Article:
As you’ve come to understand, there’s no denying how powerful Instagram is and what it can do for your brand. You can take your business to the next level with the platform but It doesn’t happen by accident.

You achieve great results when you create something unique.

Like with any successful marketing campaign, you need a strategy to guide and direct your efforts. Whether you’re a one-man show or head a large team, the same principles hold true.

In this article, we’re going to take a birds-eye view of an Instagram strategy that grows accounts to millions of followers. Will it happen overnight? No. That’s what separates the winners from the losers – perseverance.

Let’s get started with a few important questions.

What’s your goal on Instagram?

There are few tools as useful as a well thought out plan. The beginning of every plan starts with a concrete goal. Start by asking yourself a few questions.

What do you enjoy doing?

What do you find yourself spending the most time on?

What do you appreciate?

One of the cardinal rules of entrepreneurship is doing something for the long haul. Something that fills you with a sense of accomplishment.

Whatever you do, work to be the best at it – or at least incredibly good.

Now, what do you want from Instagram?

Do you want to monetize the account?

Do you want to become a social influencer?

Do you want it to form part of your larger branding initiative?

Are you interested in driving people to a sales page?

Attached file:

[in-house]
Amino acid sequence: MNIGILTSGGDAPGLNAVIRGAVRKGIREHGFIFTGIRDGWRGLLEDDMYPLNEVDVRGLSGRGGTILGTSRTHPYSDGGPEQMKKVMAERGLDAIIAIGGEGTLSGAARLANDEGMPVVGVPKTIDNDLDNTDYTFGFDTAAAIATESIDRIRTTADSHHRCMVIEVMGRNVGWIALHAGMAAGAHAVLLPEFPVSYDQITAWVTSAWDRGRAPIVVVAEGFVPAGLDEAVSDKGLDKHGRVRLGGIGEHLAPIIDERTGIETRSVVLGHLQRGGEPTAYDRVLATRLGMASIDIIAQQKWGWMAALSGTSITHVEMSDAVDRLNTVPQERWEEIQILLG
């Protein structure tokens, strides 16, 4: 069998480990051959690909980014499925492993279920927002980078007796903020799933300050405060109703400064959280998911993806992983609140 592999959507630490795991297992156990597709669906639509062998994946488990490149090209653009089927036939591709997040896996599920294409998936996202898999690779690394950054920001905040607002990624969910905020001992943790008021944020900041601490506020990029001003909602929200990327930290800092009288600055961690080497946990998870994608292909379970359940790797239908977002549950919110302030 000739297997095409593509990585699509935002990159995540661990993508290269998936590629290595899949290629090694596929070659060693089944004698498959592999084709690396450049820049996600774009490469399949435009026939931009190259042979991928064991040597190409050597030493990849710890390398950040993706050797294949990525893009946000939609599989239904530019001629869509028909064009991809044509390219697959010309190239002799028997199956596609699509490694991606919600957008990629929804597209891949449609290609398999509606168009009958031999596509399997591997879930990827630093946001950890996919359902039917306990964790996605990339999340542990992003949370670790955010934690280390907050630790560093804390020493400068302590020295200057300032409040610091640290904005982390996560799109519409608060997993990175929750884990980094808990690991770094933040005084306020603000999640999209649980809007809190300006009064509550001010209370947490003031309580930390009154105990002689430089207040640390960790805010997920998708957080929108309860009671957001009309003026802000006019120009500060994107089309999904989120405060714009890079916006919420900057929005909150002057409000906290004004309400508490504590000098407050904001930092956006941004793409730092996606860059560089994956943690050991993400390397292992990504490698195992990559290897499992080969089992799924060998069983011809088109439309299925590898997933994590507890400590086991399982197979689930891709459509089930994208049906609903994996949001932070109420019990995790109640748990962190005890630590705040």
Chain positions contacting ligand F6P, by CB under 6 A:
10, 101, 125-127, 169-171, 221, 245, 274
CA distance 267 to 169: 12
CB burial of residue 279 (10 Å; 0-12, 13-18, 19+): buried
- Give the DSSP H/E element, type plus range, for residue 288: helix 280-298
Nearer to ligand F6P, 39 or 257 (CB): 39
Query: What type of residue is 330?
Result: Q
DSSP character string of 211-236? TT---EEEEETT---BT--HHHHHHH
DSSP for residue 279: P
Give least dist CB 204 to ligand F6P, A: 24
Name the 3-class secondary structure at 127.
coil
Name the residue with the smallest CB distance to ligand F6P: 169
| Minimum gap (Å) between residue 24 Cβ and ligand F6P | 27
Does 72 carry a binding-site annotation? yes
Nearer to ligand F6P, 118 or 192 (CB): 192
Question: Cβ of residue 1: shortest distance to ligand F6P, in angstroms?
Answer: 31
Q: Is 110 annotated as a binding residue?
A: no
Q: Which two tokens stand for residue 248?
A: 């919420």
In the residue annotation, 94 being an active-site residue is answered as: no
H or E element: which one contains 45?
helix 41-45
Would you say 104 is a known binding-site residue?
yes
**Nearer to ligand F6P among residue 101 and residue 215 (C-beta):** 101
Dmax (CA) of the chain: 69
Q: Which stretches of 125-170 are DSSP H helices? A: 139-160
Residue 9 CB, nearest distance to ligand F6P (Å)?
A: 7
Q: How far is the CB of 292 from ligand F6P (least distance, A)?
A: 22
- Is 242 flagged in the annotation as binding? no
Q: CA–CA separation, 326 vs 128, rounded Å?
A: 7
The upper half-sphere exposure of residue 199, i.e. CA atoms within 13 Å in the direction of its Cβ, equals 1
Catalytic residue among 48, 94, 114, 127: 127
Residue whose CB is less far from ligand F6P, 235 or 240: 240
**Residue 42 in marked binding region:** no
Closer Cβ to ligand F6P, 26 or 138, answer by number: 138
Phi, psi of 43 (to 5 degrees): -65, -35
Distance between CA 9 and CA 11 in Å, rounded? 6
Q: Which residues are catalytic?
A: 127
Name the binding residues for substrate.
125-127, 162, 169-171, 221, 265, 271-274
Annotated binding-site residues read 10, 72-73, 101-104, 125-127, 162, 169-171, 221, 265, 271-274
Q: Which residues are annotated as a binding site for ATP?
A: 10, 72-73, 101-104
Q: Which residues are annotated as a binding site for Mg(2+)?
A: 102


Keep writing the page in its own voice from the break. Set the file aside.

All these roads lead to having real engaged followers. WELL NEVER ENCOURAGE YOU TO GET FAKE FOLLOWERS. They’re worse than useless.

How soon do you want to achieve it?

What’s your budget?

How much time can you devote to the platform?

Let’s look at what a good Instagram strategy is built on.

Brand Alignment

Your brand doesn’t live on Instagram. Rather, Instagram is one of the channels you use to get your message to the right people. It can be your first channel, but it shouldn’t be your last. A mistake brands make on Instagram is using it like an amputated limb.

What we mean is they have one message on their website, Facebook page, and Pinterest account but a completely different one on Instagram. That’s a big no-no.

It creates a disconnect between the brand and the consumers. They’ll wonder whether they’re following the right account. If they’re not sure, they’ll unfollow you (or never follow you in the first place).

Instead, think about the core message your brand delivers and use Instagram to amplify it.

New Fork City® new_fork_city

New Fork City is an account focused on good eats around New York. Their feed will inspire you and make you hungry at the same time.

Anna Dello Russo anna_dello_russo (1)

Anna_dello_Russo works hard to curate an impressive feed. She champions fashion, lifestyle, and wanderlust to keep her fans on the edge of their seats. It doesn’t hurt that she has over a million followers.

Decide what you want to accomplish on Instagram and keep going until you get there.

Consistent Delivery

Your audience follows you because they love your content. They continue to follow you because you deliver it to them when they need it. They’re hungry. You have the food they so desperately need.

A constant posting schedule builds expectation and anticipation. It’s the backbone of all solid social media strategies. Consistency trains your audience – your ideal customers – to think of you as reliable.

Once you establish that reliability and trust on Instagram, it extends to your entire brand. They expect you to show up and you do. You’ve fulfilled your promise to them. Naturally, you’ll fulfill your promise about your products and services as well.

Create a schedule of your Instagram posts and stick with it.

Engagement

A million followers is useless if only 100 people are liking and commenting on your images.

If you’re selling pug t-shirts, wouldn’t you rather have five thousand fans you know owned pugs than one hundred thousand fans that love coffee more than anything?